Promise Pegasus R6 & Mac Thunderbolt Reviewby Anand Lal Shimpi on July 8, 2011 2:01 AM EST
Target Disk Mode
Another use of Thunderbolt is Target Disk Mode. Connect any two 2011 iMacs, 2011 MacBook Pros or any combination of the two with a Thunderbolt cable, reboot one of them while holding down the T key and you'll boot into target disk mode.
In this mode the target Mac boots into a special EFI state that allows all of its drives (HDDs, SSDs, optical, anything connected to the computer) to be mounted by the host Mac. The drives appear like normal removable disks on the host Mac:
MacBook Pro accessing the iMac's sole HDD over Thunderbolt in Target Disk Mode
You even have to eject them all manually before turning off the target Mac.
Don't get too excited though, since the target Mac isn't running full blown OS X it only implements basic storage drivers and optimizations. As a result, peak performance is no where near what Thunderbolt is capable of. Regardless of whether I put the 15-inch MacBook Pro or 27-inch iMac in target disk mode, I never saw more than 61MB/s from the target.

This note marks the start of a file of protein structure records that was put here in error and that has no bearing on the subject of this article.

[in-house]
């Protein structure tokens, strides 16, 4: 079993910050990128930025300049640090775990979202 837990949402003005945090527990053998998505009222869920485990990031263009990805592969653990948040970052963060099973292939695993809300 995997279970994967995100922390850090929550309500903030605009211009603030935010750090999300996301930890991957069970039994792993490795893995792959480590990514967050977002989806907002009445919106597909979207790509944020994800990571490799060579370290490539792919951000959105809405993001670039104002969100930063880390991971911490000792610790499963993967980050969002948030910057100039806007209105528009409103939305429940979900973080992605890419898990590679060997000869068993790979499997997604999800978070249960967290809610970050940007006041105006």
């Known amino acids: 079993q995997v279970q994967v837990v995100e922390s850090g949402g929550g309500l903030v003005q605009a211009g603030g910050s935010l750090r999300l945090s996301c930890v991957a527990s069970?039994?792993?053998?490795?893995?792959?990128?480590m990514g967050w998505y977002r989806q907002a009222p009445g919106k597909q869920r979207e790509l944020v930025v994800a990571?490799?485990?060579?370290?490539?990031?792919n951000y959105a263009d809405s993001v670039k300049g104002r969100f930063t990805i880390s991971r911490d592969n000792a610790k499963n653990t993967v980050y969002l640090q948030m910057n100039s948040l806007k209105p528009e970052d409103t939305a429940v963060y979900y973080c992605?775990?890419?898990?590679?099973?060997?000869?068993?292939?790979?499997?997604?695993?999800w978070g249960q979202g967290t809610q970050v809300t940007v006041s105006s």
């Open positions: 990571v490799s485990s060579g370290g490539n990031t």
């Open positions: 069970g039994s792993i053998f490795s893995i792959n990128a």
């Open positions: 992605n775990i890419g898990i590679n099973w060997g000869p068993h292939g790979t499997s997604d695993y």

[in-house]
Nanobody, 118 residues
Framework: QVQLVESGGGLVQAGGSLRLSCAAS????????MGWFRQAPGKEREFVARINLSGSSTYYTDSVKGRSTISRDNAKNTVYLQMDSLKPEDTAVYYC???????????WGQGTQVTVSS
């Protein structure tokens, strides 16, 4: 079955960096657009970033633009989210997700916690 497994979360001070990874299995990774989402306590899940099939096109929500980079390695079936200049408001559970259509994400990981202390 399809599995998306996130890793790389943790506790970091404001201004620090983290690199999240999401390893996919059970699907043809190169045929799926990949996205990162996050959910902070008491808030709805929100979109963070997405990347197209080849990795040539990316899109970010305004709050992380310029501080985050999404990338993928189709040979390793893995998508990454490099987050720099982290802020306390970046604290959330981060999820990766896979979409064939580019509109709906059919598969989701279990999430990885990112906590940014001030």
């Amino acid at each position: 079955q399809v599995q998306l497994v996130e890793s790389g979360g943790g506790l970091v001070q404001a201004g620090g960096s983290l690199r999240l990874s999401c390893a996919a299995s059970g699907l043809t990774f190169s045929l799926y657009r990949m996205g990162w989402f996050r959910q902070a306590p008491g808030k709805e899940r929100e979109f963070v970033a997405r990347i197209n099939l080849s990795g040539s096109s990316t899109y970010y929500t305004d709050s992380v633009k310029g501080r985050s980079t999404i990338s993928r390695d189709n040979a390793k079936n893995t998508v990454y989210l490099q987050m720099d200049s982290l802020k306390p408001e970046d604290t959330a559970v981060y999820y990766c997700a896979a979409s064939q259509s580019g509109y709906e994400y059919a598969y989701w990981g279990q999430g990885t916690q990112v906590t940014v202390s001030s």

Performance was erratic as well. Sometimes I'd see transfer rates drop all the way down to 9MB/s before jumping up to 30MB/s and then 60MB/s. On average I'd say I saw transfers around 40MB/s.
The functionality is great, however I believe target disk mode would be a killer feature of Thunderbolt if it could operate at peak performance. In its current implementation, it's faster than a WiFi transfer but a bit slower than a good Gigabit Ethernet network transfer. If we could get line speed transfers, being able to move data between two modern Macs at multiple Gbps would be great.